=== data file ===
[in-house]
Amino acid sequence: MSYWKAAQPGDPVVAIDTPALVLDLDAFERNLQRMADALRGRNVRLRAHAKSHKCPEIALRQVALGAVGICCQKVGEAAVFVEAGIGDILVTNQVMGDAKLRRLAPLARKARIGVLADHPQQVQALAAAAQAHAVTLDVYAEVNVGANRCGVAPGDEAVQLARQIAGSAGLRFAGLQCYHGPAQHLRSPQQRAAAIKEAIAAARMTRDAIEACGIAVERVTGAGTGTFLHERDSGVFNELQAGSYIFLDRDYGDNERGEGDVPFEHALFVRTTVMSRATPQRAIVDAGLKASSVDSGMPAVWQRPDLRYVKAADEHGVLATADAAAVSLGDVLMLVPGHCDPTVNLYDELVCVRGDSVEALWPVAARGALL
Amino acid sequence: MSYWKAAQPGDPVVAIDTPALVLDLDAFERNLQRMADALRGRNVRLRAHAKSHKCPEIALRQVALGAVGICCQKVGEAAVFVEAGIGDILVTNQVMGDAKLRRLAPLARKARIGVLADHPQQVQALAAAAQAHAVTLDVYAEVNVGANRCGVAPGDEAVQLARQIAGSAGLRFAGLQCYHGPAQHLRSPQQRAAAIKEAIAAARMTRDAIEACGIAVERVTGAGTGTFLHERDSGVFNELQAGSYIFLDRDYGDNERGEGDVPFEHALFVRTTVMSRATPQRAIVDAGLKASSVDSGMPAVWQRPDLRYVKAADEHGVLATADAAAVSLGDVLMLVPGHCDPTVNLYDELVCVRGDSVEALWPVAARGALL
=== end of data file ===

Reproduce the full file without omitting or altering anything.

[in-house]
Amino acid sequence: MSYWKAAQPGDPVVAIDTPALVLDLDAFERNLQRMADALRGRNVRLRAHAKSHKCPEIALRQVALGAVGICCQKVGEAAVFVEAGIGDILVTNQVMGDAKLRRLAPLARKARIGVLADHPQQVQALAAAAQAHAVTLDVYAEVNVGANRCGVAPGDEAVQLARQIAGSAGLRFAGLQCYHGPAQHLRSPQQRAAAIKEAIAAARMTRDAIEACGIAVERVTGAGTGTFLHERDSGVFNELQAGSYIFLDRDYGDNERGEGDVPFEHALFVRTTVMSRATPQRAIVDAGLKASSVDSGMPAVWQRPDLRYVKAADEHGVLATADAAAVSLGDVLMLVPGHCDPTVNLYDELVCVRGDSVEALWPVAARGALL
Amino acid sequence: MSYWKAAQPGDPVVAIDTPALVLDLDAFERNLQRMADALRGRNVRLRAHAKSHKCPEIALRQVALGAVGICCQKVGEAAVFVEAGIGDILVTNQVMGDAKLRRLAPLARKARIGVLADHPQQVQALAAAAQAHAVTLDVYAEVNVGANRCGVAPGDEAVQLARQIAGSAGLRFAGLQCYHGPAQHLRSPQQRAAAIKEAIAAARMTRDAIEACGIAVERVTGAGTGTFLHERDSGVFNELQAGSYIFLDRDYGDNERGEGDVPFEHALFVRTTVMSRATPQRAIVDAGLKASSVDSGMPAVWQRPDLRYVKAADEHGVLATADAAAVSLGDVLMLVPGHCDPTVNLYDELVCVRGDSVEALWPVAARGALL